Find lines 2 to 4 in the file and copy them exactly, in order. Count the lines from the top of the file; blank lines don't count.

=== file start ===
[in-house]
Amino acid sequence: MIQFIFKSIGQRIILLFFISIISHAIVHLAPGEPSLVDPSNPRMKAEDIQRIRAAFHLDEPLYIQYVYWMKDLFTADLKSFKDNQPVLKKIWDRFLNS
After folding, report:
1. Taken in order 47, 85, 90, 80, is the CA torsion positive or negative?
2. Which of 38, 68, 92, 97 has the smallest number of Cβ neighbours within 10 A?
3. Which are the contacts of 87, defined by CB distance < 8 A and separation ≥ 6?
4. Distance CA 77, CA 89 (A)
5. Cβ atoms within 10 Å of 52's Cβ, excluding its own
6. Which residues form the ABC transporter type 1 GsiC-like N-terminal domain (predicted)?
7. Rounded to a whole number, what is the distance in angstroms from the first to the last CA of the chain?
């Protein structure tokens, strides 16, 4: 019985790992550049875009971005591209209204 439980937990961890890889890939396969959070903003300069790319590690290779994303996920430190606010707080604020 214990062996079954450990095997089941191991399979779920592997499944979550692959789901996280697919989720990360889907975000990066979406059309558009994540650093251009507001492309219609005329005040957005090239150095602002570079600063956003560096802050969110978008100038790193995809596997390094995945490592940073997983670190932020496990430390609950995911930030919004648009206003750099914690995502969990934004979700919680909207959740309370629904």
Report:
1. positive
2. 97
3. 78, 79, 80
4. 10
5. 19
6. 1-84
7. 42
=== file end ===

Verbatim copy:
Amino acid sequence: MIQFIFKSIGQRIILLFFISIISHAIVHLAPGEPSLVDPSNPRMKAEDIQRIRAAFHLDEPLYIQYVYWMKDLFTADLKSFKDNQPVLKKIWDRFLNS
After folding, report:
1. Taken in order 47, 85, 90, 80, is the CA torsion positive or negative?